He stood in their bedroom doorway for what felt like an eternity. She hadn't slept there in some time, not since she'd taken ill. But Jimaya was between every seam of the tatami floor, in every stitch in the duvet, every ivory petal of the lilies she always kept in the vase atop the table. How many mornings had he spent pretending to be sound asleep, arms wrapped around her waist, hopeful that her reluctance to disturb him would keep her close for a little while longer? How many nights had seen him to bed late and exhausted, when he'd collapse beside her and she'd click her tongue and tell him not to work so hard while she took down his hair?
She wasn't coming back.
Sometime later he stood in the doorway of his old cottage instead. Neglect hung heavy in the air. Palace staff still came by every month or so to keep things in order, but it was clear no one had spent more than an hour or two there in years. It wasn't the relief he'd hoped. She was everywhere here too – at the hearth, at the table, about to knock at the door, still in bed.
Rensai trudged inside.
He slept there for several weeks until he could bear to spend his nights in the palace again. He reached for her every single morning.
Yujin used to have more subtlety before she met Omare, but Rensai supposed he'd burned all that out of her like a torch held to a particularly fragrant candle. Their constant flow of tea and meal invitations carried none of the grace or delicacy decorum dictated. When he pointed it out Omare muttered, "You don't pay attention to anything unless it's shoved directly under your nose," causing Rensai to react with a flare of aggravation he hadn't felt in months. It was novel, nearly welcome, but Rensai still declined on principle.
Eventually they took it upon themselves to descend on one of his solitary meals anyway and Rensai didn't have the energy to fight them. But when Kouda arrived with the twins too, he stiffened.
"I'll take them." Omare abandoned his barely touched lunch and got to his feet in a breath, beaming. "Have they eaten already? Good, good." He let Kouda hand off Sayame and jerked his head in the direction of the rock pond. "Come on Yaten, want to count the fish?"
Yaten toddled off after them and the trio settled at the edge of the pond. Yujin was looking on, a faint smile on her lips.
"You want children," Rensai said bluntly.
Yujin coughed and returned her attention to their meal. "We're open to it," she said reservedly, but a blush tinted her cheeks. She darted another fond glance at Omare. "He likes spending time with them very much, you know."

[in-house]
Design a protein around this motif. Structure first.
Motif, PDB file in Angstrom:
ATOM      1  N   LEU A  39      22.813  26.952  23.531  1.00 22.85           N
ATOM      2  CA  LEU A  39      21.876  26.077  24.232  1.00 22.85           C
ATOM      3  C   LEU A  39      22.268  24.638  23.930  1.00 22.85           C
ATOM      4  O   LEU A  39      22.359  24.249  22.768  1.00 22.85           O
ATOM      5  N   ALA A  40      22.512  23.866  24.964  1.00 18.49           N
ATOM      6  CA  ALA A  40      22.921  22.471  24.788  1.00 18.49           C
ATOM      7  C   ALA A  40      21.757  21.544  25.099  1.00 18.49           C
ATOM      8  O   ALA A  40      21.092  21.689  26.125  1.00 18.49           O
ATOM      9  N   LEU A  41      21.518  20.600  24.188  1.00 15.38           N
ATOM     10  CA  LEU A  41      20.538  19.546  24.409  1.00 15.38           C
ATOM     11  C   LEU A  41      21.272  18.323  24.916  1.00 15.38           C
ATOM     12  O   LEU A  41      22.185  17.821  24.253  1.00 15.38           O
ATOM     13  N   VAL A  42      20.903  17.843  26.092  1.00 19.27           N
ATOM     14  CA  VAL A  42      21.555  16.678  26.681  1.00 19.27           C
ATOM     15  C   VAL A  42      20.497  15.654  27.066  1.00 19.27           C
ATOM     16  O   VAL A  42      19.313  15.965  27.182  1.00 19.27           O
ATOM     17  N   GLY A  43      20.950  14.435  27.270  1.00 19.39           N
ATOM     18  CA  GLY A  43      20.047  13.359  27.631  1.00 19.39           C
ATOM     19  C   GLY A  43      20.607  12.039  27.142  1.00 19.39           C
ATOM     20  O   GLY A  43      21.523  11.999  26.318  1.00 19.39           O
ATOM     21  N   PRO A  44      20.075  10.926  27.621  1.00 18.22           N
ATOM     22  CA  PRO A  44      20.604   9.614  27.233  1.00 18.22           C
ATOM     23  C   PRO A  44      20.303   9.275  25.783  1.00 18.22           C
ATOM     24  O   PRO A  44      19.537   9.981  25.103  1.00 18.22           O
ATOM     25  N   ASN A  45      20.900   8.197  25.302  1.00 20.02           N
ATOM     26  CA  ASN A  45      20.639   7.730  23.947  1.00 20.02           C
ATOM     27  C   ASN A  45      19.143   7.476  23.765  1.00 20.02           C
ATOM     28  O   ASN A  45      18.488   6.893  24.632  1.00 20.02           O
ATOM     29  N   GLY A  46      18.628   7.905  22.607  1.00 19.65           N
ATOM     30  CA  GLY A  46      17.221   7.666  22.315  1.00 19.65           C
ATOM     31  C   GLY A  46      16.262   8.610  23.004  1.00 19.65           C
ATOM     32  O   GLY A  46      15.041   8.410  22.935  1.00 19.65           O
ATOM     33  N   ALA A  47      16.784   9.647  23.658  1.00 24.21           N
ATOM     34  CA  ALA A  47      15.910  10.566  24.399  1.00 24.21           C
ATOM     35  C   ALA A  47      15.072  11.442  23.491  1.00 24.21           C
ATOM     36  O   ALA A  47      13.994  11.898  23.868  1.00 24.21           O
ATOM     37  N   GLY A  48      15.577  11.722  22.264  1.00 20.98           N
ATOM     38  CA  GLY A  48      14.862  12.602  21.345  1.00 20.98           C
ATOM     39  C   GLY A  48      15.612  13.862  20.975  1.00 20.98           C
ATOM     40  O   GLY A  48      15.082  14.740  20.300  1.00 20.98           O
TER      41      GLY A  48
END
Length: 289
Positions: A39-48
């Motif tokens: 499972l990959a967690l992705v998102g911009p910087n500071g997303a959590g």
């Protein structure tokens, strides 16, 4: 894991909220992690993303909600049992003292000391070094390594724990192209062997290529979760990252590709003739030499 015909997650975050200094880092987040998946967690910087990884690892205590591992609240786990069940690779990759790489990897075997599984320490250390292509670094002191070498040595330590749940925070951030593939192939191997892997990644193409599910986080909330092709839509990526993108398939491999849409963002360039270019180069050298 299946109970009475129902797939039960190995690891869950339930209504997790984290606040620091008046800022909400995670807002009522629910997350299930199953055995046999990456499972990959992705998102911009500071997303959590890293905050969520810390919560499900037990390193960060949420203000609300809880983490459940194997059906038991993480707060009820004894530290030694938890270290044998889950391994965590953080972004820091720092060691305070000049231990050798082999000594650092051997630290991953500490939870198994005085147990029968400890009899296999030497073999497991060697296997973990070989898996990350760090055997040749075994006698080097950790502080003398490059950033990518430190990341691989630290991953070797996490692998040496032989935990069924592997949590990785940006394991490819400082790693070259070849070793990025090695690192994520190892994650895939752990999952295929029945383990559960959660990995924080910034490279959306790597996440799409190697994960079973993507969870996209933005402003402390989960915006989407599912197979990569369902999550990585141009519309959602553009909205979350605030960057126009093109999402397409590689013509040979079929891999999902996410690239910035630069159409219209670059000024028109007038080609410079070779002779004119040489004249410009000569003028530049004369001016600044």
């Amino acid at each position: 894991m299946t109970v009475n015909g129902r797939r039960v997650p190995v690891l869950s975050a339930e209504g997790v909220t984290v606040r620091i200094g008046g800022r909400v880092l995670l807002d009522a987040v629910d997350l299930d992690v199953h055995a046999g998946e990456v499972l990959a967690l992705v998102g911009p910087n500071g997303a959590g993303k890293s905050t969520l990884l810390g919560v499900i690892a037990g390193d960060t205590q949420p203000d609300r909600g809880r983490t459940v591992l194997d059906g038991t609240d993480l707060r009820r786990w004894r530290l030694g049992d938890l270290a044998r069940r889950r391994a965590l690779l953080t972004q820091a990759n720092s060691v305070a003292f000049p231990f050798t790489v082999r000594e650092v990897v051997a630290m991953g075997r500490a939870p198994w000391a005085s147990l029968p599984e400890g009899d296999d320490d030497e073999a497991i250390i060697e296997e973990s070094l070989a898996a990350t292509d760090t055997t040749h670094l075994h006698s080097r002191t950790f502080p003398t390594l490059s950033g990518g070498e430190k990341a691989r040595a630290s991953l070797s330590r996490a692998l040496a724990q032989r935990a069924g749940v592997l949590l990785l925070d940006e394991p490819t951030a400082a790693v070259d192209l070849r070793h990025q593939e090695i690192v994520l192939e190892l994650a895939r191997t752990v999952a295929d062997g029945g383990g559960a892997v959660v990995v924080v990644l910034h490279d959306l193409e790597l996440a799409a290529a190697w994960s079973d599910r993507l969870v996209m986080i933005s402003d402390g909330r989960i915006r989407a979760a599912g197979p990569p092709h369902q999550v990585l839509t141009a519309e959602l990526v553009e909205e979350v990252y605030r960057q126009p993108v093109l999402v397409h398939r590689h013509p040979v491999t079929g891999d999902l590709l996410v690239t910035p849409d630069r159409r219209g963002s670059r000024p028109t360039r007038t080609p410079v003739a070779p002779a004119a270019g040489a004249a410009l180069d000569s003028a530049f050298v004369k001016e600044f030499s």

"I'm sure he does. They share the same mental capacity."
"They're at a very fun age," Yujin went on pointedly. Rensai refused to look at her. She was so transparent. She shifted on her knees a little and leaned in closer as though about to tell him a secret. "If you visited a little more often–-"
"They have plenty of capable hands caring for them," he interrupted gruffly. "They don't need mine."
"I know you don't mean that–-"
"Of course I do. Kouda alone is worth four parents."
"Rensai." She laid a gentle hand over his and he froze. "Please. Your father was present for you, always."
"That was nothing but a detriment and you know it," he muttered. He pulled away but felt a pang when Yujin withdrew too, confused and crestfallen.
"But you're better than him."
Rensai scoffed. He shot an accusatory look at Omare and the twins. Sayame was still engrossed with the contents of the pond while Yaten had wandered a little ways away into the nearby garden.
They were fine. If they missed anyone, it was their mother, and if they ever cried for her, someone would come. Someone experienced and compassionate and warm and whole. He swallowed against a constricted throat.
Jimaya asked him to take care of them. And he was.
"Baba," Yaten called from across the garden, looking around. His eyes fell on Omare and he brightened, pointing into the dirt at who knew what.
Omare flicked an uneasy glance at Rensai, then got to his feet to see what Yaten had. "Not Papa," he said quietly but clearly. "Uncle, okay? Uncle." He squatted down to peer at whatever Yaten had found.